ALEXANDRA 1 was not a vessel restricted in her ability to manoeuvre within the meaning of r 18 and 3(g)(iii). ALEXANDRA 1 was not required to embark the pilot at the precise place chosen. Further had the crossing rule applied and ALEXANDRA 1 been obliged to keep out of the way of EVER SMART she could have done so, by putting her engines astern and so permitting EVER SMART to cross ahead in safety or by turning to starboard. She was not restricted in her ability to take such action by reason of embarking the pilot because that work had not commenced (and never did commence) (see [98] of the judgment). 

Bulk Atlanta (owners) v Forest Pioneer (owners) [2007] All ER (D) 228 (Jan) distinguished.

(3) Whether for the purpose of apportioning liability, the Judge erred in taking into account, the extent of the damage sustained by ALEXANDRA 1.

It was settled law that in assessing fault for the purpose of apportioning liability, both the relative culpability and the causative potency of each vessel’s faults had to be assessed (see [108] of the judgment).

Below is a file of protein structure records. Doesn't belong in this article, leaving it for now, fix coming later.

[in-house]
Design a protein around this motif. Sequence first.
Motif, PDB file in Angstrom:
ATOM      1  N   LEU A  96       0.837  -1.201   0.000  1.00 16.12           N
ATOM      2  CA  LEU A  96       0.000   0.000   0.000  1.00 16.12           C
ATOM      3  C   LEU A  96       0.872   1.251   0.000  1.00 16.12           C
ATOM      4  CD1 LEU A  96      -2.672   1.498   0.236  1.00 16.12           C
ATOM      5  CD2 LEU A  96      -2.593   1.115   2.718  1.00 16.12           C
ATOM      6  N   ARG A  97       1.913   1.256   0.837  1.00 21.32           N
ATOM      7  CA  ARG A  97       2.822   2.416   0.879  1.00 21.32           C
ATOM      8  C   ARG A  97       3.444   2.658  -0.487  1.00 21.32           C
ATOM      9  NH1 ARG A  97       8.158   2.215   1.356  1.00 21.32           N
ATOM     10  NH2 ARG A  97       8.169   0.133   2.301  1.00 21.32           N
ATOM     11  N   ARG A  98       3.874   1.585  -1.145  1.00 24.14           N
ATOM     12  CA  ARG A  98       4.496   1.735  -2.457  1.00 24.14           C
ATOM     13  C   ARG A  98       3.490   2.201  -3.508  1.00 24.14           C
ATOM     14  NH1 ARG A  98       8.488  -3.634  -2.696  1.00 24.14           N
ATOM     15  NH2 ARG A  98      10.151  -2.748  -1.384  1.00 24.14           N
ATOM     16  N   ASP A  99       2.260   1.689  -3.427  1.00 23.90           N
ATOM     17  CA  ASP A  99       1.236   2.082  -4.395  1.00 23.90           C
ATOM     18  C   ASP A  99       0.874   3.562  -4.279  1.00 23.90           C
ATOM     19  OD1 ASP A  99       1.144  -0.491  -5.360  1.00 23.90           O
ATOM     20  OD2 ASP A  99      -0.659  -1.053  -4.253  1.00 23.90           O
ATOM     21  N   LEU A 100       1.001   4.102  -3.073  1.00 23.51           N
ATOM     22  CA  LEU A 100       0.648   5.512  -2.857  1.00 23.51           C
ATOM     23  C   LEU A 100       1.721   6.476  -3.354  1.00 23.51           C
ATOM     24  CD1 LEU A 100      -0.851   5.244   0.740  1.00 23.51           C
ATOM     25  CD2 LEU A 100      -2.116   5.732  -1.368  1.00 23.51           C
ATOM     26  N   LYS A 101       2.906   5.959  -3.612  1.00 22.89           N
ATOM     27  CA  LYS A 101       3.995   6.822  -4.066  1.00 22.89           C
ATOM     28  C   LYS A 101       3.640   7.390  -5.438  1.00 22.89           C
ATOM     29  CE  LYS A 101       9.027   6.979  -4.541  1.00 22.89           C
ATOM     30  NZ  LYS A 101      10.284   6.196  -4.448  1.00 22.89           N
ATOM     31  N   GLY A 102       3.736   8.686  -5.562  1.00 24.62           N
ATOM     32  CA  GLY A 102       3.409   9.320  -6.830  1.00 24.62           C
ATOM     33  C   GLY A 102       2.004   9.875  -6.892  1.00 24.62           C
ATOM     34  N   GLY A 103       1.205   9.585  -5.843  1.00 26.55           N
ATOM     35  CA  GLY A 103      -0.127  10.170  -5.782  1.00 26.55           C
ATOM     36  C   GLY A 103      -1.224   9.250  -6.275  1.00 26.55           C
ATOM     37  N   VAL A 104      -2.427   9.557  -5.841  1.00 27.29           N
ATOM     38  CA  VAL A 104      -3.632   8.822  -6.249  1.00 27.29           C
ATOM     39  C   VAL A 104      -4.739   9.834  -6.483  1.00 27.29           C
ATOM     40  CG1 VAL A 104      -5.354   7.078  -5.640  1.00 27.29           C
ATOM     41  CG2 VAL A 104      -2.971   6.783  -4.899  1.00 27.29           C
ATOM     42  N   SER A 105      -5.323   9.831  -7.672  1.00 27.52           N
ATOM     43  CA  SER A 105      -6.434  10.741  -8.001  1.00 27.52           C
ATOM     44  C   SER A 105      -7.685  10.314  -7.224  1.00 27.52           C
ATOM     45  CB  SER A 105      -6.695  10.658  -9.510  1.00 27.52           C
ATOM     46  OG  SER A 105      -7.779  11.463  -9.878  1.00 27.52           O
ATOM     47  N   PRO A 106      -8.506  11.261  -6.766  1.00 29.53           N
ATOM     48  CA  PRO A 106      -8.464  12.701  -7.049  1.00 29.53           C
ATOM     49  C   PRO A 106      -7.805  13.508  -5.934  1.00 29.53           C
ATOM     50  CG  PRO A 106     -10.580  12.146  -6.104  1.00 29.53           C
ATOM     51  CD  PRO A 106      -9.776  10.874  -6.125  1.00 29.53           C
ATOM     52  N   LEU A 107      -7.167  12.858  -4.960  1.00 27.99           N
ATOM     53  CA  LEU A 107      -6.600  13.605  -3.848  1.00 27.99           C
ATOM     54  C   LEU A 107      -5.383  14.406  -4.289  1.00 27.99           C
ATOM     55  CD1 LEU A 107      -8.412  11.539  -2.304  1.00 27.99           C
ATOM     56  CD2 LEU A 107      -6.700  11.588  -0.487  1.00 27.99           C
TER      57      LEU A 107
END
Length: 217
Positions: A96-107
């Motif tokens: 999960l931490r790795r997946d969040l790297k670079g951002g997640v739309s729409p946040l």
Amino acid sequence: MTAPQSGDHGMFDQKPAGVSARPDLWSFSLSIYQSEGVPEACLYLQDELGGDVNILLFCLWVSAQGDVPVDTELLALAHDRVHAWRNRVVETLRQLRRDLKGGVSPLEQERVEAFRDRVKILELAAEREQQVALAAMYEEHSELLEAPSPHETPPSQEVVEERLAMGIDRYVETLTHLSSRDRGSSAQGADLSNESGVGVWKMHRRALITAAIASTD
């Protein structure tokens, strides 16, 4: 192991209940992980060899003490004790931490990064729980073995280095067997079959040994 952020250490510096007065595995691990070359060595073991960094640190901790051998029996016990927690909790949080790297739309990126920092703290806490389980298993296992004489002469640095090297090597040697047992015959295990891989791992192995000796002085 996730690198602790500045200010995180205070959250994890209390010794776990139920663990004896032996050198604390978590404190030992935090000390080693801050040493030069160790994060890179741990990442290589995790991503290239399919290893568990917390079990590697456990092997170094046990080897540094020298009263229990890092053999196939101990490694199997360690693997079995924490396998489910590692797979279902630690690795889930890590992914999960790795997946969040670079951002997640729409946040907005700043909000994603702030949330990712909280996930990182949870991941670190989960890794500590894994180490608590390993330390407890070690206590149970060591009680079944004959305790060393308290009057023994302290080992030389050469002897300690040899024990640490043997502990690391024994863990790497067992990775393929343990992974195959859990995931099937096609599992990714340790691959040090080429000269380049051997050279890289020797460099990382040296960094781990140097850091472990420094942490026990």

Liability for damage in a collision case was  to be apportioned under s 187 of the 1995 Act having regard to the degree of fault of each vessel. Both the culpability and the causative potency of the faults established were relevant to the apportionment of liability. Causative potency had two aspects; the first related to the extent to which the fault contributed to the fact of the collision occurring; the second, to the extent to which the fault contributed to the damage or loss resulting from the collision. Excessive speed was a prime example of a fault likely to contribute to the extent and severity of the damage or loss suffered. A judge was amply entitled to take into account the propensity of excessive speed to increase the damage suffered when undertaking the exercise of apportionment – and thus to have regard in broad terms to the magnitude of the damage sustained. That the correlation between the extent of physical damage and ultimate financial loss might well be less than perfect, was neither here nor there. Two caveats applied: first, the Judge needed to keep in mind that a detailed assessment of the damage and loss had to await the reference; secondly, the judge could not engage in speculation – faults and their causative potency needed to be proved. Approached in that manner, the apportionment of liability would constitute, ’a broad, commonsensical and qualitative assessment of the culpability and causative potency of both vessels (see [124] of the judgment).